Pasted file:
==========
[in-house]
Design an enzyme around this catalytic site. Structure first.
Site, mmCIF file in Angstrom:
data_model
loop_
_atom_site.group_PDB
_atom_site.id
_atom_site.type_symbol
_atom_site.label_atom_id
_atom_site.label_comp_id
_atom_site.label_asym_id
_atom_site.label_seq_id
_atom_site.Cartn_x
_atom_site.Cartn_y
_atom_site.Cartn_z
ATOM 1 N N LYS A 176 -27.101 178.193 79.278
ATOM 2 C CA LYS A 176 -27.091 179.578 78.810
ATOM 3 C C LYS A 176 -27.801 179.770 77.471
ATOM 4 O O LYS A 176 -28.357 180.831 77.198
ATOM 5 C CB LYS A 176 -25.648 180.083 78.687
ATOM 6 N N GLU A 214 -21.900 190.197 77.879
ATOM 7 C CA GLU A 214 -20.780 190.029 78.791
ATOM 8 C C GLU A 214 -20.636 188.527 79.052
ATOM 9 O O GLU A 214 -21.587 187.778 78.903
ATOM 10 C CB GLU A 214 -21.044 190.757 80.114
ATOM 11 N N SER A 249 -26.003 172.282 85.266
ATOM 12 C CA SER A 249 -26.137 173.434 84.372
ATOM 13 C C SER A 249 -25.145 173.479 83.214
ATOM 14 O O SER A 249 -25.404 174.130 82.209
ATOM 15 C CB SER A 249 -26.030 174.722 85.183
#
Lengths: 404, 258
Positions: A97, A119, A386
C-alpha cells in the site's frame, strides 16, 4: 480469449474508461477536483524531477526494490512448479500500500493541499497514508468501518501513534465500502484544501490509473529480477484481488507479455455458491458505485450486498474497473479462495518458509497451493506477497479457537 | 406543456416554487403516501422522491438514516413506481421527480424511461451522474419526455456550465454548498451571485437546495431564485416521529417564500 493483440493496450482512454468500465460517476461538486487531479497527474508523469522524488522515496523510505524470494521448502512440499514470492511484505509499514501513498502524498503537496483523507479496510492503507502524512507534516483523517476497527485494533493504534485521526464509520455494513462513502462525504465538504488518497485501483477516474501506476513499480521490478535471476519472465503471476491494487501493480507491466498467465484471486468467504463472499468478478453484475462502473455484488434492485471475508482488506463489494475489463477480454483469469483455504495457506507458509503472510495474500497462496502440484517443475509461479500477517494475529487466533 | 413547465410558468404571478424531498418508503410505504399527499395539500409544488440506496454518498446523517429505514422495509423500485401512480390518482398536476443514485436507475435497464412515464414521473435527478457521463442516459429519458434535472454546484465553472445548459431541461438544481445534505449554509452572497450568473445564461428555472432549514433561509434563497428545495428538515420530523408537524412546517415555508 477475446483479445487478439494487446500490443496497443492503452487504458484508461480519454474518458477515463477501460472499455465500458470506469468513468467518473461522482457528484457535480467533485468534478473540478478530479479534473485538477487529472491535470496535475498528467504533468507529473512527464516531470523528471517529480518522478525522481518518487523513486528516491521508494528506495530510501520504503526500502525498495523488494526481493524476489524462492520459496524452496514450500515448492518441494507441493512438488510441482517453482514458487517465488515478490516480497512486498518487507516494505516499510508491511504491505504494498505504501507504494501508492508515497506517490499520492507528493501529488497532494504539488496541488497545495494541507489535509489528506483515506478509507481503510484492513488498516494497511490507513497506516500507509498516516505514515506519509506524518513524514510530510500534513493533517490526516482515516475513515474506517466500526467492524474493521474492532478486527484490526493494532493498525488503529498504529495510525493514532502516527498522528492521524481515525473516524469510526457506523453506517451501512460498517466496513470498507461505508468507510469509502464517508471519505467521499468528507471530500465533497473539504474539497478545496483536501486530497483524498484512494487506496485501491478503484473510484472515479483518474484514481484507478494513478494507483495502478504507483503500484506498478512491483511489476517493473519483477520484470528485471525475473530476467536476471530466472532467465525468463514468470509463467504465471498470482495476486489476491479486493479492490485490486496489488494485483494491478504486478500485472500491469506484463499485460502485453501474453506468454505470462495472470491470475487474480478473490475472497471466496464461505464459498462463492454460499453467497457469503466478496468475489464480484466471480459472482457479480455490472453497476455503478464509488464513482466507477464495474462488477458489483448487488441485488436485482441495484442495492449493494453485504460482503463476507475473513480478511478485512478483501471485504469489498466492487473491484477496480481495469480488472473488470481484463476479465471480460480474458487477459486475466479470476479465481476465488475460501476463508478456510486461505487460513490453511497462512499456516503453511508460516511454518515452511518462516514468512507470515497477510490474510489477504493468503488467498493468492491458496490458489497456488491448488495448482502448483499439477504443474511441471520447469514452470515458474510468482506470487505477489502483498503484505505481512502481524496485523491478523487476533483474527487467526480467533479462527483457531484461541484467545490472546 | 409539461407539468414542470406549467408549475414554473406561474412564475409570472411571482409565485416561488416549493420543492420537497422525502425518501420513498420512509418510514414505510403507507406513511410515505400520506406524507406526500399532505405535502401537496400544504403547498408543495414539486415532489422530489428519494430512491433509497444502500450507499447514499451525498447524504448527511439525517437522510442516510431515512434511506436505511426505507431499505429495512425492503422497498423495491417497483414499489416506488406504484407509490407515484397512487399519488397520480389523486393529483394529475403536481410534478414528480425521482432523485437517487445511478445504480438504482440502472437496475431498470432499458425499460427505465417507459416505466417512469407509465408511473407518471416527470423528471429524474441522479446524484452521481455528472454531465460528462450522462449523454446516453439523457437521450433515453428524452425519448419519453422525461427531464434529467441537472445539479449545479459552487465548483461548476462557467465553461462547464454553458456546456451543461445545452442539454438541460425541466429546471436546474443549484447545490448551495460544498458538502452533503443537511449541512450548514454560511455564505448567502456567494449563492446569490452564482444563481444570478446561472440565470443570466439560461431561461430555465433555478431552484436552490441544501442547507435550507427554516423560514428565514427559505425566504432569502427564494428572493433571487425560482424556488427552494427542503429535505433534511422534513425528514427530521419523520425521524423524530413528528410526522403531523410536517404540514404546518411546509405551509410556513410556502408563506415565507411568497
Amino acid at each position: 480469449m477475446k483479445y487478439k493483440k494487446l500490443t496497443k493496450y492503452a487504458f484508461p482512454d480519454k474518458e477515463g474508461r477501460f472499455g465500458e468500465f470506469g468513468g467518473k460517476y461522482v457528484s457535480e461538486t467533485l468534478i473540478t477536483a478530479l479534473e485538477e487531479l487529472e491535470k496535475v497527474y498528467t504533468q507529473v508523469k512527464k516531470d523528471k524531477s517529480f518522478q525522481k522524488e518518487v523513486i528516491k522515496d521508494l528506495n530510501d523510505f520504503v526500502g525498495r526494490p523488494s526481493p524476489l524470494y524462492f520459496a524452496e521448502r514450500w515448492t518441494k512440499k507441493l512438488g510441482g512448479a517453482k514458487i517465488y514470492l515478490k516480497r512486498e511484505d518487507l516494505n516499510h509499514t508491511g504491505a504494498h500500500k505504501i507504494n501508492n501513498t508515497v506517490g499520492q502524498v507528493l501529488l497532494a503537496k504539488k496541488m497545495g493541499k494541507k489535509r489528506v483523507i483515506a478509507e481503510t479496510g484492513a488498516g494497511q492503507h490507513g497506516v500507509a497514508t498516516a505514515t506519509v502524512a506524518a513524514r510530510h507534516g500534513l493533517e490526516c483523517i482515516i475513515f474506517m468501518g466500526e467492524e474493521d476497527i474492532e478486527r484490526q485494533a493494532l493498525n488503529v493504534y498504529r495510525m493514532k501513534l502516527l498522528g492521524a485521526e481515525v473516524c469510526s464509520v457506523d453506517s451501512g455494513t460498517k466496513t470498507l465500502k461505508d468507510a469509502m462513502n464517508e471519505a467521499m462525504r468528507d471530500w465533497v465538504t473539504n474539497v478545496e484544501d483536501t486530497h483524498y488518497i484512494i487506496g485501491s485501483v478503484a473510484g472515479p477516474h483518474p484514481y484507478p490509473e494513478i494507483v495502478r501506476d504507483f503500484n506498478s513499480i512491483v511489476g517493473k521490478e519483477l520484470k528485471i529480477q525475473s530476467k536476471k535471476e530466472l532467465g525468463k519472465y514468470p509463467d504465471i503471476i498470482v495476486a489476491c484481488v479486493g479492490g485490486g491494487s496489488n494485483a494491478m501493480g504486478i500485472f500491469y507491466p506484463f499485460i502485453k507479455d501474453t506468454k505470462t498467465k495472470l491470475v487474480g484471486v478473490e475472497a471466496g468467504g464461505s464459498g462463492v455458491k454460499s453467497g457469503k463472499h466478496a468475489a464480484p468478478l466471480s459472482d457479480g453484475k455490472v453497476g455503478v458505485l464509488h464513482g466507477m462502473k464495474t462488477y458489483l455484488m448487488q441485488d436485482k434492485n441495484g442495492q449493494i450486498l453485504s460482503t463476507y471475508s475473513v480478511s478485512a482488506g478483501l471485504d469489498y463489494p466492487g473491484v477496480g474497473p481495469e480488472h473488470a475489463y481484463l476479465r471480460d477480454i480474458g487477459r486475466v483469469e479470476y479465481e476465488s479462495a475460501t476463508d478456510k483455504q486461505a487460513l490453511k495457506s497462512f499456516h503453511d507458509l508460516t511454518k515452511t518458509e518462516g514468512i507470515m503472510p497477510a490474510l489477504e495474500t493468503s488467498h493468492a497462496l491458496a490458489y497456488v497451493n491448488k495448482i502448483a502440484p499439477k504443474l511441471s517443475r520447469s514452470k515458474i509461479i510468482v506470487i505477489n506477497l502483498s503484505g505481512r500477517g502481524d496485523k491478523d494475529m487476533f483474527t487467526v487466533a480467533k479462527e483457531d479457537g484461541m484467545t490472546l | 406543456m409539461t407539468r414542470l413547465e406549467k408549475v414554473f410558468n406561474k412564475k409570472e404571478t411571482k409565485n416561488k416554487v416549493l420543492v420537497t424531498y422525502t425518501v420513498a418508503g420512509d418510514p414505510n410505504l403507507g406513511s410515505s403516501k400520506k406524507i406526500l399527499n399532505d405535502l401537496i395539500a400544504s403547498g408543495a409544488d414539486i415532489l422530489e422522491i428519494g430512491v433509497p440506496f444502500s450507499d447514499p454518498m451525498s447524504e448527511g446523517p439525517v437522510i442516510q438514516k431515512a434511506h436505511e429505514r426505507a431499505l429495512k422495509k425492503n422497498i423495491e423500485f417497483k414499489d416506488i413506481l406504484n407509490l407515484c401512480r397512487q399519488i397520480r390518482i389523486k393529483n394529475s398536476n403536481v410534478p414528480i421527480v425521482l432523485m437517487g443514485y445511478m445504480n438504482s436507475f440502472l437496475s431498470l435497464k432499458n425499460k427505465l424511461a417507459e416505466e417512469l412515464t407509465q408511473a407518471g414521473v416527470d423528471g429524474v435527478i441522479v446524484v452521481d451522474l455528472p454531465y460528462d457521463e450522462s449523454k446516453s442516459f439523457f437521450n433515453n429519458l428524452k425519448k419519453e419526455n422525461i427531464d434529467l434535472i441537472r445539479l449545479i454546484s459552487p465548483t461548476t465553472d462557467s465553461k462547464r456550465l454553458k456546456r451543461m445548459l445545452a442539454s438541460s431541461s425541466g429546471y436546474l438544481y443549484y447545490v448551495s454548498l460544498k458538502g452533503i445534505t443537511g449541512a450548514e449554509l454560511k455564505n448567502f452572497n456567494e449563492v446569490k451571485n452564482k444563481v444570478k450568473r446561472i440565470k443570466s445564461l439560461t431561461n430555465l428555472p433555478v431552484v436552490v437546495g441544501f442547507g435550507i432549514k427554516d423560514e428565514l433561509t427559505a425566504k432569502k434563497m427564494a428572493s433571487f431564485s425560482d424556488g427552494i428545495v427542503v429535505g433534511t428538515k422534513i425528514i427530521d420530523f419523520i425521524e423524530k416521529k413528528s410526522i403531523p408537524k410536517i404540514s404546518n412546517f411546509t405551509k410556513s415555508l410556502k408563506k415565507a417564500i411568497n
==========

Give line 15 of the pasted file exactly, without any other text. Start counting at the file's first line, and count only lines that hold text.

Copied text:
_atom_site.Cartn_z